Tuesday Night World War!

There was a crash on the last lap of tonight's Tuesday Night Worlds.

It involved two people, one was Charlie and the other was some guy from Big D. There were no serious injuries but at least one bike might have seen its last rodeo.

It happened in front of me, but I didn't really see how it unfolded. Rather than finish, I unclipped to see if everyone was OK.

Soon, a crowd descended upon the scene like flies circling a state park restroom that had gone years without cleaning. Immediately, the chatter what about What Happened. Word couldn't have spread faster on Twitter.

Accusations were made.

Blame was assigned.

"It was [name redacted] who did it!"

"Well, did you see what that guy from [team name redacted] did?"

Reputations were tarnished.

Non-victims shared in the victimhood of victims.

Soy lattes boiled in the stomachs of angry men who were in disbelief at what happened.

Off in the distance, one could see George Tiller and Osama bin Laden, who only moments before had risen from the dead, holding signs advertising a topless car wash at the corner of 95th and Lackman to benefit the Lenexa Optimists Club. But no one at the race could notice as they were trying to identify the Tuesday Night Worlds' Most Hated Man.

Oh yeah, there was a race that happened. We averaged about 25 miles an hour. I hung out mostly in the back.

Good times were had by all.

Well, nearly all.



So I managed to race OK today. Makes me wonder how I might do if I struck up a more organized training plan.

The truth is I train when I can. That almost always means a couple rides on the weekends of the long-ish variety. And when I can, I ride to work which makes for two short but high-intesity rides a day. Occasionally I'll train after work, but my schedule as it is makes it difficult to get motivated to head out at 7 p.m. when I've tended to my responsibilities and crank it for three hours.

So I do what I can.

I went out to Leavenworth to race all 49 miles of the Sheehan Memorial Road Race. When I did this race two years ago, the weather was a fistfight of wind, sleet, snow and rain. Today was decidedly calmer with temperatures of 45 degrees at the start and marginal breezes.

The pack went out and rode fairly steady for about 23 miles. There were a few mild attacks, but little to speak of other than a lone ranger from Omaha striking out on his own after about two miles. It would be about 42 miles until we'd catch him.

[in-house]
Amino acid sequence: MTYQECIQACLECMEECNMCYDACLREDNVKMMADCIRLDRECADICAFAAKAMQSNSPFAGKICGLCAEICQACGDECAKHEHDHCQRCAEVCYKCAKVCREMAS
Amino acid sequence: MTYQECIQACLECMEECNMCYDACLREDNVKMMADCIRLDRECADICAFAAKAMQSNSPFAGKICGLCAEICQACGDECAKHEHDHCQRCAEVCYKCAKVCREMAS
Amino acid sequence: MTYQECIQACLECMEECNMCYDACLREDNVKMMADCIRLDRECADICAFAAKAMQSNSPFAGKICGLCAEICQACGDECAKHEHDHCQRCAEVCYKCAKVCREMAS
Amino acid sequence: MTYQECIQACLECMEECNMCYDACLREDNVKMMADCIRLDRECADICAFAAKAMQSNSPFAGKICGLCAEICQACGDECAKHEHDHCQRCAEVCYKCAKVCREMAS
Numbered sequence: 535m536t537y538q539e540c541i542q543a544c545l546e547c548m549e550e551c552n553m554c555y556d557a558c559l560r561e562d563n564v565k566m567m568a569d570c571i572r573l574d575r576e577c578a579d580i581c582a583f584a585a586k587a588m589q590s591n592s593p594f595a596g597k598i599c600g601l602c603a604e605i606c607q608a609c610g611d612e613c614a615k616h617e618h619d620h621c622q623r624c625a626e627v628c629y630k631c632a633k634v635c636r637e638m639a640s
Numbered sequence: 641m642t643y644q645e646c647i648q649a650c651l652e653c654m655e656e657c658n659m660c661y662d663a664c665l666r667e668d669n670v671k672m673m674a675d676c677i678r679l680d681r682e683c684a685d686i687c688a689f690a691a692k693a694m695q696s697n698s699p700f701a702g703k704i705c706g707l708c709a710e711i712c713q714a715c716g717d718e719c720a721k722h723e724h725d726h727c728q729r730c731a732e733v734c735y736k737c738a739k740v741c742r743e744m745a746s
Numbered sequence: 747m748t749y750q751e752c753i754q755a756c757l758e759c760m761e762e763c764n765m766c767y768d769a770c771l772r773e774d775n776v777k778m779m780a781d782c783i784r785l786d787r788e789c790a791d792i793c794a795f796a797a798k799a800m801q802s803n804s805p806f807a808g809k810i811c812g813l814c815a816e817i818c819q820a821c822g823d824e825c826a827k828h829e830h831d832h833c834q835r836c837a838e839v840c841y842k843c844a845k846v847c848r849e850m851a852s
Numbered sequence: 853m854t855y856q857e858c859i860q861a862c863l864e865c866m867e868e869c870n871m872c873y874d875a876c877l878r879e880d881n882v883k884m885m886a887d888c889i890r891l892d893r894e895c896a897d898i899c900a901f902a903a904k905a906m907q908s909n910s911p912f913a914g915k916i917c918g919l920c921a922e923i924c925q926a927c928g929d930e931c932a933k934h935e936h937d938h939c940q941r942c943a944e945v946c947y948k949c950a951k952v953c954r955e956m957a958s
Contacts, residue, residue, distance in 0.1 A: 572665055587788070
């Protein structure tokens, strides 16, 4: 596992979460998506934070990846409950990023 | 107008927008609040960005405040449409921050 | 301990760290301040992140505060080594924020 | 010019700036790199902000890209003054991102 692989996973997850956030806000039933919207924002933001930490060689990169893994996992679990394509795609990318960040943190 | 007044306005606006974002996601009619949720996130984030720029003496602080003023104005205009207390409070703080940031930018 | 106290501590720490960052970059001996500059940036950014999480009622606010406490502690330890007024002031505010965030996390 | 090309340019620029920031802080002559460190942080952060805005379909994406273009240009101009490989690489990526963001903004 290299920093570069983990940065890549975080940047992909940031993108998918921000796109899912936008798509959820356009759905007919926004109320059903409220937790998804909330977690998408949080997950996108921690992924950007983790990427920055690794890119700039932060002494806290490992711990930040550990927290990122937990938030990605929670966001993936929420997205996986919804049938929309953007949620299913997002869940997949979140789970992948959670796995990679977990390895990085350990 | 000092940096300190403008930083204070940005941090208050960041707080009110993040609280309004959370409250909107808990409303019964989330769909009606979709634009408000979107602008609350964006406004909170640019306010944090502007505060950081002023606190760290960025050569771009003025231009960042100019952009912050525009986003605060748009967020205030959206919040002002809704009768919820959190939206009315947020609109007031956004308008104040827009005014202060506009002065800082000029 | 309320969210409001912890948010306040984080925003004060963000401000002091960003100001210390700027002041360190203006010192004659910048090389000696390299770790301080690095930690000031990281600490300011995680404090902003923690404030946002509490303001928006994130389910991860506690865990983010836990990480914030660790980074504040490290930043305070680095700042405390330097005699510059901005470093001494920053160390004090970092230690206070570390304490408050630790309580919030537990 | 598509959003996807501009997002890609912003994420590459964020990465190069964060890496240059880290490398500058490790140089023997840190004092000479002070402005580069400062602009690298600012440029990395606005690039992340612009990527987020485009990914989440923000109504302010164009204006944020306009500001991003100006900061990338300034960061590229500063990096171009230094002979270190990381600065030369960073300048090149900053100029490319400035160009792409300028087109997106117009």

After we hit neutral support, people really started stepping on the gas. And when we left Atchison to head westward back to Leavenworth, that's when we really started getting after it.

At one point, the pack went up a long climb and splintered in to factions. I was in the back of the second one and instantly worried that if I didn't hitch a ride to the back of the first group, my race would be over. I was starting to labor a bit at this point, but I really stepped on it and pedaled until my eyes watered before I reached the lead group. Not long after that, I took a brief pull at the front to take some pressure off of Quiet B., who had been doing his fair share of the work.

We coasted back to Leavenworth and with about two miles left, I started to move toward the front to prepare for what was going to be a 16-person sprint for the finish. But as I moved outside and to the front, I couldn't tuck behind anyone. Left exposed and with about a mile to go, I figured, "Well, I'm at the front and I'm feeling good, so fuck it, I'm going to try to win."

To gapped the pack for about half a mile before I got raided and meekly made my way to the finish. I probably finished 11th or 12th. I have no idea, really.

This was the type of race I would have gotten murdered in a couple of years ago. I would have had a difficult time bridging that gap that emerged with about 14 miles to go. And the sustained pressure in the last half of the race would have been tough for me to manage.

There's a few positives to take away from this race. I was pleased that I remained stubborn and kept with the group, despite a fair share of nerves heading into the race about my readiness to hang with the group for a 50 miles race. Speaking of nerves, I was also pleased that the nervousness of riding in a tight group that plagued me these last couple of years has subsided considerably. I pedaled comfortably in and around the group, making passes through narrow alleys and such.

Now if I can get around to doing some better, more consistent training, I might have enough in the tank the next time to sprout a stronger finish.

But more than that, it was just a hell of a lot of fun to race today. From riding up with some teammates to seeing other riders at registration to putting out a tough effort to finally heading back, it was a great time and it make me appreciate what fun the sport can be. I really missed that last year.


Returning to the scene of the crime

Real quick, here's a recap of my return to Tuesday Night Worlds, one year after I last visited the Gettysburg of local cycling.

For the most part, I stuck to my plan and sat in and saw how long I'd be able to stay with the pack. I'd feared beforehand that I would be shelled off the back early on because I haven't raced on an asphalt surface in about a year and my training thus far in 2011 has involved very little, if any, intensity.

For the opening salvo, I just tucked in the back of the pack and rode at whatever pace everyone else dictated. I was somewhat surprised to find that it didn't feel all that brutal. I started wondering whether the group collectively wasn't putting forth that much effort.

I stayed there for most of the race, save for the time I tried to pull to the front when Joe A. took the lead in the middle of the race. But I never really committed myself to helping him out.

Sorry, Joe.

Then there was this other time with three laps to go where I joined a group of about five riders making a break for the front. I knew I wouldn't be able to hold a torrid pace for three laps to the finish, but I figured what the hell? With a lap to go, I got passed up and just finished with the pack. Which was fine.

A couple thoughts on today's race. One, I was pleasantly surprised to hold a pace that I would later learn held on at about 25.5 miles an hour. Two, my handling skills need some work, having been out of the asphalt racing business for about a year. I had a shaky turn or two where I didn't do a fine job of negotiating people turning on either side of me. No on screamed at me, so I figure I didn't put anyone at immediate danger, but I'm fairly cognizant that I need to do better and maneuvering with others around me.